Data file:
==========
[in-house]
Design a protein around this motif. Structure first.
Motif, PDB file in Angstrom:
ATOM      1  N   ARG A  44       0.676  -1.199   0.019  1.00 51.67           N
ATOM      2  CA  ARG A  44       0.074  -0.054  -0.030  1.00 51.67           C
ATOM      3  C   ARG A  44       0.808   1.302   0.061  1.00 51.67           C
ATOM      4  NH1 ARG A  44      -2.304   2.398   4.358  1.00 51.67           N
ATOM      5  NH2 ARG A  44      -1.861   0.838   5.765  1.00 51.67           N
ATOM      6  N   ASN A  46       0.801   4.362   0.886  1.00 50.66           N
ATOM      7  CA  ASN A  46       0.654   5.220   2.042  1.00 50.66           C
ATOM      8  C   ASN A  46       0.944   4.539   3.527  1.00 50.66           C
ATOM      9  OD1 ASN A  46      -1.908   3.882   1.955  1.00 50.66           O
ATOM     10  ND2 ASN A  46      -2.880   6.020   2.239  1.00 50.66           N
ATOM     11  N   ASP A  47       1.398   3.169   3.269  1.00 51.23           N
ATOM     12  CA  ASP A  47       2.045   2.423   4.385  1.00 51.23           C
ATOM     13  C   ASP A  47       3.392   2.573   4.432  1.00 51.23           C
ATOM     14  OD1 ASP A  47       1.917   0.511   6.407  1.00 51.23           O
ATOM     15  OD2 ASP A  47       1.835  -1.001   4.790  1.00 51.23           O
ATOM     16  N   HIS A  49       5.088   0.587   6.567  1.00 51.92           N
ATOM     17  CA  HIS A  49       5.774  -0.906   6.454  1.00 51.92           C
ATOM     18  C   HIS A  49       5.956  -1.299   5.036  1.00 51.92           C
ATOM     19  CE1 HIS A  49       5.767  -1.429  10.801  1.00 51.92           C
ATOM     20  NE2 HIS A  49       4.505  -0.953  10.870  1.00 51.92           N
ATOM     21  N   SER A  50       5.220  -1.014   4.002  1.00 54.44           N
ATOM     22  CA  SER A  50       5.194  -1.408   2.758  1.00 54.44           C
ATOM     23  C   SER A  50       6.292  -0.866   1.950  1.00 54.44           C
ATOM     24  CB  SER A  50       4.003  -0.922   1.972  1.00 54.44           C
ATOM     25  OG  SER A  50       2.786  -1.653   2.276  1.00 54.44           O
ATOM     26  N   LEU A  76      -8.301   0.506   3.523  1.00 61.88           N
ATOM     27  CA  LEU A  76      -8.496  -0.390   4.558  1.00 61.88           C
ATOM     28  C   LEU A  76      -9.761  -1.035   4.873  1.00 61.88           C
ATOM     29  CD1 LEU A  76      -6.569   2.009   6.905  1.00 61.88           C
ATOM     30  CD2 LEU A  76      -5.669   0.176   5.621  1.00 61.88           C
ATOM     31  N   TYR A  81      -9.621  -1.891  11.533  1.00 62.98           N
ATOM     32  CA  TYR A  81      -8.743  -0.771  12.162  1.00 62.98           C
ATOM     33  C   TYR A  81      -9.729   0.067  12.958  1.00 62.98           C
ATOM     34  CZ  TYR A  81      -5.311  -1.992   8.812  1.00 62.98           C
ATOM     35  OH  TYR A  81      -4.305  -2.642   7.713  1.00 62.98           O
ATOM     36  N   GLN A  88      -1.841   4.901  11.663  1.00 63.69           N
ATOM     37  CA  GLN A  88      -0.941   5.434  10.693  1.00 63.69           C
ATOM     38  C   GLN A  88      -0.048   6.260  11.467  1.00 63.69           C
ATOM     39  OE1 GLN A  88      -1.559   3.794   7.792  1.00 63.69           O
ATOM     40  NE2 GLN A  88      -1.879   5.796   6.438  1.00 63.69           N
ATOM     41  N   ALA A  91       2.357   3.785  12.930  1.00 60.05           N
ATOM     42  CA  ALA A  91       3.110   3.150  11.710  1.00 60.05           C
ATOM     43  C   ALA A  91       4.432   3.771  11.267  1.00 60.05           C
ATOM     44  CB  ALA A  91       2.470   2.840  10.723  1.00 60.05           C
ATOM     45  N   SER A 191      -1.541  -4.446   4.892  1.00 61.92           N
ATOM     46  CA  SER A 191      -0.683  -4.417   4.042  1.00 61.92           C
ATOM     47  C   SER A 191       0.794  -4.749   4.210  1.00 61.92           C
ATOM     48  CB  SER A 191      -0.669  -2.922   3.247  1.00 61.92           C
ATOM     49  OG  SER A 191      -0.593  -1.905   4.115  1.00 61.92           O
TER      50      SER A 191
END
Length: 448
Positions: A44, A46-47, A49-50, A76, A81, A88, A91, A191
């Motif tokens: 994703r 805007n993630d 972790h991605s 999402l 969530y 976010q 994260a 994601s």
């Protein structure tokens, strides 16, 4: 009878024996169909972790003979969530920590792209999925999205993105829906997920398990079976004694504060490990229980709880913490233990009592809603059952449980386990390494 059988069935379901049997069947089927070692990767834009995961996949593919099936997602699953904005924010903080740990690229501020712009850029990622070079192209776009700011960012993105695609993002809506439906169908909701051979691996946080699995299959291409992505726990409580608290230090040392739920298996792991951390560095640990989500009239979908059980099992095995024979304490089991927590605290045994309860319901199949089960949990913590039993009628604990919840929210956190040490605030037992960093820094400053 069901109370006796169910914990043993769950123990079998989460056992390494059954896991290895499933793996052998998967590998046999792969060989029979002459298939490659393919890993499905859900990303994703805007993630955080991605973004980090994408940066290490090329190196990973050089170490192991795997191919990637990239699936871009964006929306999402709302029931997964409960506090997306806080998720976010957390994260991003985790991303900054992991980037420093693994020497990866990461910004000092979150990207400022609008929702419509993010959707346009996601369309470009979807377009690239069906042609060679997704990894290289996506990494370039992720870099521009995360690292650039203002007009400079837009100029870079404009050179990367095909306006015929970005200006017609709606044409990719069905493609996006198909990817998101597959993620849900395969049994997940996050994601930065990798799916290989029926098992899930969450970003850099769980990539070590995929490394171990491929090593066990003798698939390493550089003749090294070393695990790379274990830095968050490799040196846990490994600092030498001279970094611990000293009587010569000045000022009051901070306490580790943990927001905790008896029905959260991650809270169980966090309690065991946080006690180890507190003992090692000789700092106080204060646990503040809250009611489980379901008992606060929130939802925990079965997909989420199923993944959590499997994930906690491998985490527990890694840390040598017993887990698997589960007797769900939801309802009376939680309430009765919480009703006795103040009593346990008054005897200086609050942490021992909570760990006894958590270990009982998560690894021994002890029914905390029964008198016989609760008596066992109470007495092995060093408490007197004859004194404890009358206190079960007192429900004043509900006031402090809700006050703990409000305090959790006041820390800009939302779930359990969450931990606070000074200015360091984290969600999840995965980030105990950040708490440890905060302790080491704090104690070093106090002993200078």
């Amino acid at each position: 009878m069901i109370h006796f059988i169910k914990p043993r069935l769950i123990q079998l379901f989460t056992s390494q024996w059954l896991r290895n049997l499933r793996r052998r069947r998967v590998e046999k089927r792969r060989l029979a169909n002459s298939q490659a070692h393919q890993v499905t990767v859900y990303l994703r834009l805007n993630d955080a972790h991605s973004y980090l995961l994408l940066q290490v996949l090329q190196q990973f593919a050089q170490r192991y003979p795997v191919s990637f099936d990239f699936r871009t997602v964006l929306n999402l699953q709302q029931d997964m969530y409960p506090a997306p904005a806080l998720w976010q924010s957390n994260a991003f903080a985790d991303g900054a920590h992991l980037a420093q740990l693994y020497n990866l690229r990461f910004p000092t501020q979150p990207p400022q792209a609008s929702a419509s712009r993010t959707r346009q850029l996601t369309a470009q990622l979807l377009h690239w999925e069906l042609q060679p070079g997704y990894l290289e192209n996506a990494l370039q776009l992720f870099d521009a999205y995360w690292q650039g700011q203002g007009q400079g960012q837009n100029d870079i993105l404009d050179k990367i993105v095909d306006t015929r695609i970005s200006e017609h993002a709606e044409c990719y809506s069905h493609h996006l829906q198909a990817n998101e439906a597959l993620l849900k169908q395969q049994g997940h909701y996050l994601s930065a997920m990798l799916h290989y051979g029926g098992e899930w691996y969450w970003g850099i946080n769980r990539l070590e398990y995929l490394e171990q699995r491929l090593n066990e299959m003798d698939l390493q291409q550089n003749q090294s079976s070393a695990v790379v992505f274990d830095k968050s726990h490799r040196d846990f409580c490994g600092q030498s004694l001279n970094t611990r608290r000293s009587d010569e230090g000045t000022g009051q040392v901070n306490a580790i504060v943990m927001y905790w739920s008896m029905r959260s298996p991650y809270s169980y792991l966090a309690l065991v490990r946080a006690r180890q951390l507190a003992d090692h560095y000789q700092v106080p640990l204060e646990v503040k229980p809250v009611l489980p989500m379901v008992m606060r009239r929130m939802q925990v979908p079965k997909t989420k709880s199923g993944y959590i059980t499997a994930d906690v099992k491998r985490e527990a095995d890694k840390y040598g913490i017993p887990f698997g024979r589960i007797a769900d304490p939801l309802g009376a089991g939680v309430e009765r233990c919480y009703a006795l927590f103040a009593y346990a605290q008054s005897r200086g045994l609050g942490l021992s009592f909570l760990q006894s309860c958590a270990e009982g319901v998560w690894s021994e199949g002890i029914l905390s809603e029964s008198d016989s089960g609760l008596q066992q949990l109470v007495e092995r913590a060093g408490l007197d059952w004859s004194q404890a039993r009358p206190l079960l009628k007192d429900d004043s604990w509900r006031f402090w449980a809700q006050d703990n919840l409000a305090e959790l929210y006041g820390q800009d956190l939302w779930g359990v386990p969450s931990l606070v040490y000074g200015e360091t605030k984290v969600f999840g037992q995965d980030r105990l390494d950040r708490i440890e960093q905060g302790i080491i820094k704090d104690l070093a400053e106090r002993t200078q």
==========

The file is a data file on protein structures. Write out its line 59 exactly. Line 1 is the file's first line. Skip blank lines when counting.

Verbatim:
């Amino acid at each position: 009878m069901i109370h006796f059988i169910k914990p043993r069935l769950i123990q079998l379901f989460t056992s390494q024996w059954l896991r290895n049997l499933r793996r052998r069947r998967v590998e046999k089927r792969r060989l029979a169909n002459s298939q490659a070692h393919q890993v499905t990767v859900y990303l994703r834009l805007n993630d955080a972790h991605s973004y980090l995961l994408l940066q290490v996949l090329q190196q990973f593919a050089q170490r192991y003979p795997v191919s990637f099936d990239f699936r871009t997602v964006l929306n999402l699953q709302q029931d997964m969530y409960p506090a997306p904005a806080l998720w976010q924010s957390n994260a991003f903080a985790d991303g900054a920590h992991l980037a420093q740990l693994y020497n990866l690229r990461f910004p000092t501020q979150p990207p400022q792209a609008s929702a419509s712009r993010t959707r346009q850029l996601t369309a470009q990622l979807l377009h690239w999925e069906l042609q060679p070079g997704y990894l290289e192209n996506a990494l370039q776009l992720f870099d521009a999205y995360w690292q650039g700011q203002g007009q400079g960012q837009n100029d870079i993105l404009d050179k990367i993105v095909d306006t015929r695609i970005s200006e017609h993002a709606e044409c990719y809506s069905h493609h996006l829906q198909a990817n998101e439906a597959l993620l849900k169908q395969q049994g997940h909701y996050l994601s930065a997920m990798l799916h290989y051979g029926g098992e899930w691996y969450w970003g850099i946080n769980r990539l070590e398990y995929l490394e171990q699995r491929l090593n066990e299959m003798d698939l390493q291409q550089n003749q090294s079976s070393a695990v790379v992505f274990d830095k968050s726990h490799r040196d846990f409580c490994g600092q030498s004694l001279n970094t611990r608290r000293s009587d010569e230090g000045t000022g009051q040392v901070n306490a580790i504060v943990m927001y905790w739920s008896m029905r959260s298996p991650y809270s169980y792991l966090a309690l065991v490990r946080a006690r180890q951390l507190a003992d090692h560095y000789q700092v106080p640990l204060e646990v503040k229980p809250v009611l489980p989500m379901v008992m606060r009239r929130m939802q925990v979908p079965k997909t989420k709880s199923g993944y959590i059980t499997a994930d906690v099992k491998r985490e527990a095995d890694k840390y040598g913490i017993p887990f698997g024979r589960i007797a769900d304490p939801l309802g009376a089991g939680v309430e009765r233990c919480y009703a006795l927590f103040a009593y346990a605290q008054s005897r200086g045994l609050g942490l021992s009592f909570l760990q006894s309860c958590a270990e009982g319901v998560w690894s021994e199949g002890i029914l905390s809603e029964s008198d016989s089960g609760l008596q066992q949990l109470v007495e092995r913590a060093g408490l007197d059952w004859s004194q404890a039993r009358p206190l079960l009628k007192d429900d004043s604990w509900r006031f402090w449980a809700q006050d703990n919840l409000a305090e959790l929210y006041g820390q800009d956190l939302w779930g359990v386990p969450s931990l606070v040490y000074g200015e360091t605030k984290v969600f999840g037992q995965d980030r105990l390494d950040r708490i440890e960093q905060g302790i080491i820094k704090d104690l070093a400053e106090r002993t200078q």